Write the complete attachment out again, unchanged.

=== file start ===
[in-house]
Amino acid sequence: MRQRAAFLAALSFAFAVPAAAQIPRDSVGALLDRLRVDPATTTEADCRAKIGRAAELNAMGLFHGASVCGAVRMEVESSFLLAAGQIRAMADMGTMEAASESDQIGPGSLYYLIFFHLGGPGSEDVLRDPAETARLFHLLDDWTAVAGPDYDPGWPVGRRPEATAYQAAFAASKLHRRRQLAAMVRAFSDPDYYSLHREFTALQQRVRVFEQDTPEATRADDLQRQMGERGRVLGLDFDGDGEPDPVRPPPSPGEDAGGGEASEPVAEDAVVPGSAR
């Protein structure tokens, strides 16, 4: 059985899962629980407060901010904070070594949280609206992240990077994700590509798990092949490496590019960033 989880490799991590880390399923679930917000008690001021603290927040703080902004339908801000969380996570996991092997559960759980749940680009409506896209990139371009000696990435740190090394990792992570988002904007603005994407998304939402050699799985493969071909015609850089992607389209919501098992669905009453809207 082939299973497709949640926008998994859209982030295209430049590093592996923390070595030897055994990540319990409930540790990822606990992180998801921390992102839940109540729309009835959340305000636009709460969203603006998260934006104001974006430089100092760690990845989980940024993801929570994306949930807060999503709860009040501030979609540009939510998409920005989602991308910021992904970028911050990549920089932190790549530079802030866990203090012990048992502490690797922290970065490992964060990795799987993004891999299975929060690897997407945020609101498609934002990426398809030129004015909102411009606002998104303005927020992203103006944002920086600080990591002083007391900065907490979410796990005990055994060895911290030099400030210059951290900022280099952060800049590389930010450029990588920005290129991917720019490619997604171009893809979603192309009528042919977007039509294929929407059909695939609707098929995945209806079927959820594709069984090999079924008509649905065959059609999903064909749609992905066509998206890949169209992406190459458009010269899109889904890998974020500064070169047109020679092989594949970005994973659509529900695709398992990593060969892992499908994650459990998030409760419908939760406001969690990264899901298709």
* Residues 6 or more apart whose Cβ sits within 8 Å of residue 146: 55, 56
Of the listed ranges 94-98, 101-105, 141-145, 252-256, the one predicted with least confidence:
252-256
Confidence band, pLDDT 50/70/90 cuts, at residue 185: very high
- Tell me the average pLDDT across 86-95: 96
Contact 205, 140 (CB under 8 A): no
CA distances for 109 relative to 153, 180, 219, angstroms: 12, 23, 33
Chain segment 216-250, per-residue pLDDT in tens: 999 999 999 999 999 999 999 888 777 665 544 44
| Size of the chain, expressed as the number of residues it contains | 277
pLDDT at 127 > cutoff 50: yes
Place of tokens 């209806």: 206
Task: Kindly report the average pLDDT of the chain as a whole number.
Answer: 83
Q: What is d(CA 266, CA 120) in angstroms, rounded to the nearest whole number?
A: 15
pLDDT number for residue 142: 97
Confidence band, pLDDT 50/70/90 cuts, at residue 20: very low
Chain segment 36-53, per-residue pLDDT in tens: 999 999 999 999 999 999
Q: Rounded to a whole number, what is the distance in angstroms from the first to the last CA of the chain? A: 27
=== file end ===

[in-house]
Amino acid sequence: MRQRAAFLAALSFAFAVPAAAQIPRDSVGALLDRLRVDPATTTEADCRAKIGRAAELNAMGLFHGASVCGAVRMEVESSFLLAAGQIRAMADMGTMEAASESDQIGPGSLYYLIFFHLGGPGSEDVLRDPAETARLFHLLDDWTAVAGPDYDPGWPVGRRPEATAYQAAFAASKLHRRRQLAAMVRAFSDPDYYSLHREFTALQQRVRVFEQDTPEATRADDLQRQMGERGRVLGLDFDGDGEPDPVRPPPSPGEDAGGGEASEPVAEDAVVPGSAR
């Protein structure tokens, strides 16, 4: 059985899962629980407060901010904070070594949280609206992240990077994700590509798990092949490496590019960033 989880490799991590880390399923679930917000008690001021603290927040703080902004339908801000969380996570996991092997559960759980749940680009409506896209990139371009000696990435740190090394990792992570988002904007603005994407998304939402050699799985493969071909015609850089992607389209919501098992669905009453809207 082939299973497709949640926008998994859209982030295209430049590093592996923390070595030897055994990540319990409930540790990822606990992180998801921390992102839940109540729309009835959340305000636009709460969203603006998260934006104001974006430089100092760690990845989980940024993801929570994306949930807060999503709860009040501030979609540009939510998409920005989602991308910021992904970028911050990549920089932190790549530079802030866990203090012990048992502490690797922290970065490992964060990795799987993004891999299975929060690897997407945020609101498609934002990426398809030129004015909102411009606002998104303005927020992203103006944002920086600080990591002083007391900065907490979410796990005990055994060895911290030099400030210059951290900022280099952060800049590389930010450029990588920005290129991917720019490619997604171009893809979603192309009528042919977007039509294929929407059909695939609707098929995945209806079927959820594709069984090999079924008509649905065959059609999903064909749609992905066509998206890949169209992406190459458009010269899109889904890998974020500064070169047109020679092989594949970005994973659509529900695709398992990593060969892992499908994650459990998030409760419908939760406001969690990264899901298709």
* Residues 6 or more apart whose Cβ sits within 8 Å of residue 146: 55, 56
Of the listed ranges 94-98, 101-105, 141-145, 252-256, the one predicted with least confidence:
252-256
Confidence band, pLDDT 50/70/90 cuts, at residue 185: very high
- Tell me the average pLDDT across 86-95: 96
Contact 205, 140 (CB under 8 A): no
CA distances for 109 relative to 153, 180, 219, angstroms: 12, 23, 33
Chain segment 216-250, per-residue pLDDT in tens: 999 999 999 999 999 999 999 888 777 665 544 44
| Size of the chain, expressed as the number of residues it contains | 277
pLDDT at 127 > cutoff 50: yes
Place of tokens 């209806």: 206
Task: Kindly report the average pLDDT of the chain as a whole number.
Answer: 83
Q: What is d(CA 266, CA 120) in angstroms, rounded to the nearest whole number?
A: 15
pLDDT number for residue 142: 97
Confidence band, pLDDT 50/70/90 cuts, at residue 20: very low
Chain segment 36-53, per-residue pLDDT in tens: 999 999 999 999 999 999
Q: Rounded to a whole number, what is the distance in angstroms from the first to the last CA of the chain? A: 27